Each day of the workshop began with a lecture followed by a demonstration. The students then drew for the rest of the day and ended with a brief critique. Although a couple students had previously attempted to complete exercises from Drawing on the Right Side of the Brain, most were unfamiliar with Bomeisler's encouragement to tap into the right side of their brains to draw. "The left hemisphere constantly interferes with your perceptions of what you are seeing,” he explained during the lecture on the first morning. “You are working with symbols and symbols come from the left hemisphere." The key to drawing successfully, he emphasized, is forcing the brain to move away from symbols for example, to look at a human nose and actually draw what it looks like instead of drawing the shape that the brain associates with a nose. Although the symbolic, rational left brain wants to dominate the creative process, Bomeisler armed students with an arsenal of tools to trick their left brains into becoming subordinate to their spatial, intuitive right brains, thereby allowing students to draw what they actually see.

Students began the workshop with three exercises that demonstrated the first on Bomeisler’s list of drawing skills—the perception of contour: a pre-instruction self-portrait, a blind-contour drawing of one’s hand, and a vase/face drawing. Bomeisler used the pre-instruction self-portraits to pinpoint the ages at which the students stopped learning to draw. By judging the number of symbols used in each portrait, Bomeisler suggested that the abilities in the room ranged from about age 10 to adult-level skills. The blind-contour drawings of their hands forced students to make conscious shifts toward using the right hemisphere of their brains. The right side was engaged because students were drawing very slowly as they followed the lines within the palm of the hand without looking at what they drew. Students also completed a vase/face exercise where they had to copy a face in the opposite direction to create a symmetrical vase shape in the middle of the two faces. The purpose of this exercise was to illustrate how the verbal left brain often directs students to draw a face, which led to lopsided and symbolic drawings. During a discussion of the exercise, one student immediately noticed a solution to the problem: "Throw out the labels of the face and don't think about what you’re doing. Once I just drew the middle vase, I was okay."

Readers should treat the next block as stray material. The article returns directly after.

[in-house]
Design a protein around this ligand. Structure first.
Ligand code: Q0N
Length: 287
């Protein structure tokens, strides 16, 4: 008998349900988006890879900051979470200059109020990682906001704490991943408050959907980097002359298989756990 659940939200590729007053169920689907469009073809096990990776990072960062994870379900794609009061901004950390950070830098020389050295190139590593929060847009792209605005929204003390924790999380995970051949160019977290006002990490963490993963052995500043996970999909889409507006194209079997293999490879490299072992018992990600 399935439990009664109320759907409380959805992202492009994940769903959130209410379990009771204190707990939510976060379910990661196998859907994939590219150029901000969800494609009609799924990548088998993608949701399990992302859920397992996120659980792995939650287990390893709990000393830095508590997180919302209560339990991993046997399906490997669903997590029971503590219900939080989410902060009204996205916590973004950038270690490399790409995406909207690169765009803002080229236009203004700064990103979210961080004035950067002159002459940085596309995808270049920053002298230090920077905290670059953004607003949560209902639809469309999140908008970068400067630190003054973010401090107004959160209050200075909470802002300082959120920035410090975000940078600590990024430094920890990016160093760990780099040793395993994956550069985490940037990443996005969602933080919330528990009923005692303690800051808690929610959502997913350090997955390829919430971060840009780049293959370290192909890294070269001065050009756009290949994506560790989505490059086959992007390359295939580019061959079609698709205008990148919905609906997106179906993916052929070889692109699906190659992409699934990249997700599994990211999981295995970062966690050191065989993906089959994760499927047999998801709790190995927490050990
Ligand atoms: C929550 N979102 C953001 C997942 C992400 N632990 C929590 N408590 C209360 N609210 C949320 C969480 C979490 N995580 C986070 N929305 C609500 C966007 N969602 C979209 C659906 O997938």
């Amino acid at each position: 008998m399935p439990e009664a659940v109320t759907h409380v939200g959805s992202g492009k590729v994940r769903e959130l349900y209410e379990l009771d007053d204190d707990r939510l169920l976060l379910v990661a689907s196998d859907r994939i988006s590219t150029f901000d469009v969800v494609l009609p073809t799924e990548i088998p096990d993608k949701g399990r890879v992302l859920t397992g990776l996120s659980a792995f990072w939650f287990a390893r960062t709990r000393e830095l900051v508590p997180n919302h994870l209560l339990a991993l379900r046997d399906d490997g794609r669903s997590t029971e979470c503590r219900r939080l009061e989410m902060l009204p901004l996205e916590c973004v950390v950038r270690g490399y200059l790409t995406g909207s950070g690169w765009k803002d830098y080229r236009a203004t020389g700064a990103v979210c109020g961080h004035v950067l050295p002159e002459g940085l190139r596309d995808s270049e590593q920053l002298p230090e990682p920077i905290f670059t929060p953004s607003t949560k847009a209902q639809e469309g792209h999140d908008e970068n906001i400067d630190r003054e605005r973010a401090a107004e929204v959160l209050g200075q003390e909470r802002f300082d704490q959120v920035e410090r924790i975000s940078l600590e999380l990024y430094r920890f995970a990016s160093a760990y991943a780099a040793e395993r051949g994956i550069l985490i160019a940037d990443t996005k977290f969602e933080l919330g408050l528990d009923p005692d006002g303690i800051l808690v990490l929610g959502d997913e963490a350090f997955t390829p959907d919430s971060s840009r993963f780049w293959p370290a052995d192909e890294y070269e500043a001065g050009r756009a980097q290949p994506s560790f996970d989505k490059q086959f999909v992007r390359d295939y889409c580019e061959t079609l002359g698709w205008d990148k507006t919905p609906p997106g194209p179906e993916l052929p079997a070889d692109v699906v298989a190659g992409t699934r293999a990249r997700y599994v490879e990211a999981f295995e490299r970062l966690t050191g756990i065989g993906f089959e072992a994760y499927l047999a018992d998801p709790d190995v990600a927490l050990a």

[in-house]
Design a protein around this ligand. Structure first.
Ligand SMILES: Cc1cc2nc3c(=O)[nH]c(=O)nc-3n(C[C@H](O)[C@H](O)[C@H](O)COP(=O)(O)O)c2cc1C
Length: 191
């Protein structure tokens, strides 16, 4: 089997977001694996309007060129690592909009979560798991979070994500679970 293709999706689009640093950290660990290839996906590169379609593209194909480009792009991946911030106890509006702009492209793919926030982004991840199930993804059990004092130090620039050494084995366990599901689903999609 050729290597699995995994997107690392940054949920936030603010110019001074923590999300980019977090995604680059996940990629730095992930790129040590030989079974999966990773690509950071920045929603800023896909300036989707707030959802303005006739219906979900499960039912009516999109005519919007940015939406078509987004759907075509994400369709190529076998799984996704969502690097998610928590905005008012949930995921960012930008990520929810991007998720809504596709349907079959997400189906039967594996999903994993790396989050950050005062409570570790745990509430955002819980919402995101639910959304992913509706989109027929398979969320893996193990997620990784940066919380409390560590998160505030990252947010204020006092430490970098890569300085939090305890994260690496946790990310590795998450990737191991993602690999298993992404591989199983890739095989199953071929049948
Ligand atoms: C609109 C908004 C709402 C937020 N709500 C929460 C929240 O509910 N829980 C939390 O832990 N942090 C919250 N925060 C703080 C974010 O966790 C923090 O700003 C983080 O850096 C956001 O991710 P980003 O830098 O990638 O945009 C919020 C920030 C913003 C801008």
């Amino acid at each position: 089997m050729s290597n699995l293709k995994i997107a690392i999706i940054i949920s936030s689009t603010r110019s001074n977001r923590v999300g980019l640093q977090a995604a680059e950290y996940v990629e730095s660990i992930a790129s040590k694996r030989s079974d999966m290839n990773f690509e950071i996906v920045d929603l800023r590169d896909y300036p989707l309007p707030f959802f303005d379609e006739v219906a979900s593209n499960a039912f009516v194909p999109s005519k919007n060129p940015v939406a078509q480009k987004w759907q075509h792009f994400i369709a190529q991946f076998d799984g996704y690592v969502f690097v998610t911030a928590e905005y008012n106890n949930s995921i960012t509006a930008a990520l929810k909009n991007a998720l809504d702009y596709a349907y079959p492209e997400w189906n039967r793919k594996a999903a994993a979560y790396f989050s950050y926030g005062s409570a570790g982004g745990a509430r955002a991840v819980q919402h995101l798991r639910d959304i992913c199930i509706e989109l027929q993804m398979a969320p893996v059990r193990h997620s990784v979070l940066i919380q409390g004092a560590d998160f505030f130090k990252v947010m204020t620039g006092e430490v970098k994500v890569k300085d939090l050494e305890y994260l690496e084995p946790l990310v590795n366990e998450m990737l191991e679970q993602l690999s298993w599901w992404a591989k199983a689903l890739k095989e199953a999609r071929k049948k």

During the vase/face exercise, the students discovered the importance of negative space. Bomeisler praised negative space as "one of the unspoken secrets of drawing,” he said. “All artists use it in their drawings, and they use it in a clear and substantial way. Negative space is a way of not naming something.” Learning to draw the negative space around an object proved useful to students because, by doing so, they concentrated on the relationships between shapes instead of relying on preexisting symbols.

Student Work: Self-portraits
Self-portrait drawing, preinstruction Self-portrait drawing, post-instruction
Self-portrait drawing, preinstruction Self-portrait drawing, post-instruction
These preinstruction (upper and lower left) and postinstruction (upper and lower right) self-portraits demonstrate the progress two students made throughout the workshop.
Bomeisler designed the proportion finder (left), the viewfinder (center), and the anglefinder specifically for beginners to use in his workshops.